I know this picture is a little blurry, but you can see I had 9 stations running in this classroom. Students names were written on index cards and moved up and down each time we did stations. The pictures on the cards coordinated with the pictures on the sign at the station location. This made it easy for kids to identify where they needed to be.
This management chart is actually in my TPT Store. It is called Literacy Station Signs. I cut the cards out, attached them to cardstock, and laminated them. Then I hooked them together using ribbons. Each student had a clothespin with their name on it. I would attach the clothespin to the station they were assigned to. Again, I could just move them down each day to send them to the next station.
This is my current management chart. I teach second grade now so I do not necessarily need visual pictures. It is simple, but that makes it easy to use. On each blue card, I have the station name. I write the partnerships on the index cards with magnets. Then, each day I move them down to their next station. The students at the bottom not at a station are pulled by either myself or the Learning Support Teacher for small group time.
My biggest recommendation is to introduce stations slowly. I have seen teachers introduce all 6-9 stations in one day and then chaos ensues. Often then teachers throw up their hands and give up. Gradually releasing the responsibility is something Debbie Diller discusses a lot in her book about literacy stations.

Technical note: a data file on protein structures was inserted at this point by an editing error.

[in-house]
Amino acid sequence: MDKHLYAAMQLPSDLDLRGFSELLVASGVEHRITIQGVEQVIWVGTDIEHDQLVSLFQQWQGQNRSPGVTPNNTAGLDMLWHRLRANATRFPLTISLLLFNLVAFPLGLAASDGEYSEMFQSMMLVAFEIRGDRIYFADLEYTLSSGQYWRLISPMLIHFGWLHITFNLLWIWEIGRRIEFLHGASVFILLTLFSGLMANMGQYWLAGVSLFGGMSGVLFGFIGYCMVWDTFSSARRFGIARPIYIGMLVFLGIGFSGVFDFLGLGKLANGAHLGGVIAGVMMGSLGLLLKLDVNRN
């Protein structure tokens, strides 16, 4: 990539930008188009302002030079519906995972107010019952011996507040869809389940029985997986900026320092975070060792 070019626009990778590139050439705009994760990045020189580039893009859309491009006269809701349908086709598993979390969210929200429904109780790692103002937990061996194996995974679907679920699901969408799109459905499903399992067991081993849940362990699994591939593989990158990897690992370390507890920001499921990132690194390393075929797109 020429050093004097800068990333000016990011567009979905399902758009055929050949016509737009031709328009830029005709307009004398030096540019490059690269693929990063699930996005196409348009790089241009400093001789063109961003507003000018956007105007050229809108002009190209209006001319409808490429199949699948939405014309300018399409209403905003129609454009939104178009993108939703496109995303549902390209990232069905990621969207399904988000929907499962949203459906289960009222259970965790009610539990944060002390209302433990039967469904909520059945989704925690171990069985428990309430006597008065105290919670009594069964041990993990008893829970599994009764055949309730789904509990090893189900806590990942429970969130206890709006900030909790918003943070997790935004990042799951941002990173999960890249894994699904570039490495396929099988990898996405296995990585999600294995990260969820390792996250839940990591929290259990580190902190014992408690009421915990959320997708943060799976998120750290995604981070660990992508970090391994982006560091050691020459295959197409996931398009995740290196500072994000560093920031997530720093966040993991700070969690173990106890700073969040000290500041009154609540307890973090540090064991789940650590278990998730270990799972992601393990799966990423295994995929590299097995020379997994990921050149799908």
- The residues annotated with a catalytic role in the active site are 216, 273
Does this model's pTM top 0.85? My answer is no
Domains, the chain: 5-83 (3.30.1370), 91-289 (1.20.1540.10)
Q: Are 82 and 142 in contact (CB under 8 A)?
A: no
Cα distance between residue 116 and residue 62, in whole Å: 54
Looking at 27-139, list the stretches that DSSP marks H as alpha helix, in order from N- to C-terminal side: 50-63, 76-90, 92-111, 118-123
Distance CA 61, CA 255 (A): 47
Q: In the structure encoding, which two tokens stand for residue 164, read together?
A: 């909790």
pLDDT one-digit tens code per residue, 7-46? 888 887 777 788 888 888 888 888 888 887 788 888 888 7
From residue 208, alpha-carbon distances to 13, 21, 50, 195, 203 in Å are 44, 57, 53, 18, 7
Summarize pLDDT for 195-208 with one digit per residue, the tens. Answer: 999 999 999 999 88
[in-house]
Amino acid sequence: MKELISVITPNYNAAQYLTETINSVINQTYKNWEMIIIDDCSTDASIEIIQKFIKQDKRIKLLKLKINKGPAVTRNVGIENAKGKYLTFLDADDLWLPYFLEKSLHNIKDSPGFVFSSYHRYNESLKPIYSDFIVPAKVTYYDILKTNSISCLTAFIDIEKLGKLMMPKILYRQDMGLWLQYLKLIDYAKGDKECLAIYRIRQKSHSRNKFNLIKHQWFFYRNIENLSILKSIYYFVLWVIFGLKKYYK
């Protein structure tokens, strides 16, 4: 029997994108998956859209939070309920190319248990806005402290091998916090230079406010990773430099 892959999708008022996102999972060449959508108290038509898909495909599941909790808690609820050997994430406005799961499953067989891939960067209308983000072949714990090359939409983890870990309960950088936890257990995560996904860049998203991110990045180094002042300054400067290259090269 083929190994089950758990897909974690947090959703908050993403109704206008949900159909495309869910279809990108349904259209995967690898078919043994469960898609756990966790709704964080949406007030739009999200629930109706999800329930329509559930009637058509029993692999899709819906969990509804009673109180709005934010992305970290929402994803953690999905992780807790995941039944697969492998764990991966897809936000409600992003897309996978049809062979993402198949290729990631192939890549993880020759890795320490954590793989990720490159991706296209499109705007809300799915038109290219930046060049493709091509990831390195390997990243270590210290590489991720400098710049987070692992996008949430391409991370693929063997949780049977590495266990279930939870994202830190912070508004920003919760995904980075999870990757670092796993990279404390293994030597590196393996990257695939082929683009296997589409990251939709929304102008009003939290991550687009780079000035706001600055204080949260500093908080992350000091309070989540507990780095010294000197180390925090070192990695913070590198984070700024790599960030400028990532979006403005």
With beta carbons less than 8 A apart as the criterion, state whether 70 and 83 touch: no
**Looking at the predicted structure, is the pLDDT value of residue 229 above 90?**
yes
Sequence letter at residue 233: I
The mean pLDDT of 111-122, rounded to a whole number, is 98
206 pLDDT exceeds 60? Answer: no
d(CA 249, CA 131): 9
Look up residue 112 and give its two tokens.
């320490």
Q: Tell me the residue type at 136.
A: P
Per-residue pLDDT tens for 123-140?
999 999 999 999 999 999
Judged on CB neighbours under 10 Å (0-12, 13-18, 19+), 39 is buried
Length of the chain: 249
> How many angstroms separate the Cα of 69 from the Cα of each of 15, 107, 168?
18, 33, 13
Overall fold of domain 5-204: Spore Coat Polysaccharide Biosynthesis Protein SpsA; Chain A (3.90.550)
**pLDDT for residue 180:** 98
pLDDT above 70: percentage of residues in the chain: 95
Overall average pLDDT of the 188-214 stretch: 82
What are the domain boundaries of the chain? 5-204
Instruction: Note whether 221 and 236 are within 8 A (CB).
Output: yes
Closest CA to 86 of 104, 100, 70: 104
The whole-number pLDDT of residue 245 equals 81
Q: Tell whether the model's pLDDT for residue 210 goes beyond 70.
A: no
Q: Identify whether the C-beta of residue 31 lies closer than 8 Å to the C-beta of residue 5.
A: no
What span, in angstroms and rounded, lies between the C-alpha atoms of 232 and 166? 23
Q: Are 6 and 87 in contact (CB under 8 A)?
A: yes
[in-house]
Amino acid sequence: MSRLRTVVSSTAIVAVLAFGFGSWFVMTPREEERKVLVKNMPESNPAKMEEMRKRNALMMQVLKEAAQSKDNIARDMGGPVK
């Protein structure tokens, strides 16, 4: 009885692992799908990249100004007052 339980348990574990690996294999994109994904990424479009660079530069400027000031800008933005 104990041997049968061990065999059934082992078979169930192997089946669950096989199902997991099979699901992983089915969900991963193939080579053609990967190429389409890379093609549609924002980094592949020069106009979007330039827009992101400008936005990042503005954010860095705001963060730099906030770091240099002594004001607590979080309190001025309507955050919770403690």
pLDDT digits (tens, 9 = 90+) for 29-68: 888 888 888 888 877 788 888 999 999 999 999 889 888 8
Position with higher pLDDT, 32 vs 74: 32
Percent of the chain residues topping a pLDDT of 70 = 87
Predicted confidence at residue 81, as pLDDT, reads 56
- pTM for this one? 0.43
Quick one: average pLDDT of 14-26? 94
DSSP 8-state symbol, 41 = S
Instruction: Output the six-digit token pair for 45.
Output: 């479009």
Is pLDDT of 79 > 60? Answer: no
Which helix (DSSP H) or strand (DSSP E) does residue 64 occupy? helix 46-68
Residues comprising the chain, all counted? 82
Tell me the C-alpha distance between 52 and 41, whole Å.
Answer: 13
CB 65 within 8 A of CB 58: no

I take about 3-4 weeks to get all of my stations fully up and running. I know this seems like a long time, but if you do it right it will work. Things will run smoothly and you’ll be able to pull small groups while you’re students are being self-sufficient at their station.
I introduce the stations one at a time whole group. I always start with reading station (more info on this on Sunday) because it’s the easiest. I then allow partnerships a few minutes to practice. Then, the next day I introduce a second station.
Another huge suggestion is to model. Model, model, model. The more you model what you expect of kids at a particular station, the better off you will be. In addition to modeling myself, I also will have students model the expectations.